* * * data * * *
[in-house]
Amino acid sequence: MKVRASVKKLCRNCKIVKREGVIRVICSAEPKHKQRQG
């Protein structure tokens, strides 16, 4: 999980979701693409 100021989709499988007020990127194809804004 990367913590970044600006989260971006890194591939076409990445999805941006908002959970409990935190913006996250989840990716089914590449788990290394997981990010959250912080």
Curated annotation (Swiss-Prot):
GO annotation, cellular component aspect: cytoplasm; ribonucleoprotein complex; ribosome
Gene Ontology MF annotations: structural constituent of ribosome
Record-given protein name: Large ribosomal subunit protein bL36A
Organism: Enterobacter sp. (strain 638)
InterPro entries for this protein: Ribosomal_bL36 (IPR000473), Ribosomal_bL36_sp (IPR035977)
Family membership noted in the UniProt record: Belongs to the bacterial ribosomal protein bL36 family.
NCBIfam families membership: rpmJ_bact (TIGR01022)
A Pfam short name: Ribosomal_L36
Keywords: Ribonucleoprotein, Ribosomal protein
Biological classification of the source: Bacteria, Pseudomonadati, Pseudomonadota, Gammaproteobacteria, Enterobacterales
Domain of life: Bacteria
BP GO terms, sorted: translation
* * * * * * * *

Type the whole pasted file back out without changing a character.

[in-house]
Amino acid sequence: MKVRASVKKLCRNCKIVKREGVIRVICSAEPKHKQRQG
């Protein structure tokens, strides 16, 4: 999980979701693409 100021989709499988007020990127194809804004 990367913590970044600006989260971006890194591939076409990445999805941006908002959970409990935190913006996250989840990716089914590449788990290394997981990010959250912080």
Curated annotation (Swiss-Prot):
GO annotation, cellular component aspect: cytoplasm; ribonucleoprotein complex; ribosome
Gene Ontology MF annotations: structural constituent of ribosome
Record-given protein name: Large ribosomal subunit protein bL36A
Organism: Enterobacter sp. (strain 638)
InterPro entries for this protein: Ribosomal_bL36 (IPR000473), Ribosomal_bL36_sp (IPR035977)
Family membership noted in the UniProt record: Belongs to the bacterial ribosomal protein bL36 family.
NCBIfam families membership: rpmJ_bact (TIGR01022)
A Pfam short name: Ribosomal_L36
Keywords: Ribonucleoprotein, Ribosomal protein
Biological classification of the source: Bacteria, Pseudomonadati, Pseudomonadota, Gammaproteobacteria, Enterobacterales
Domain of life: Bacteria
BP GO terms, sorted: translation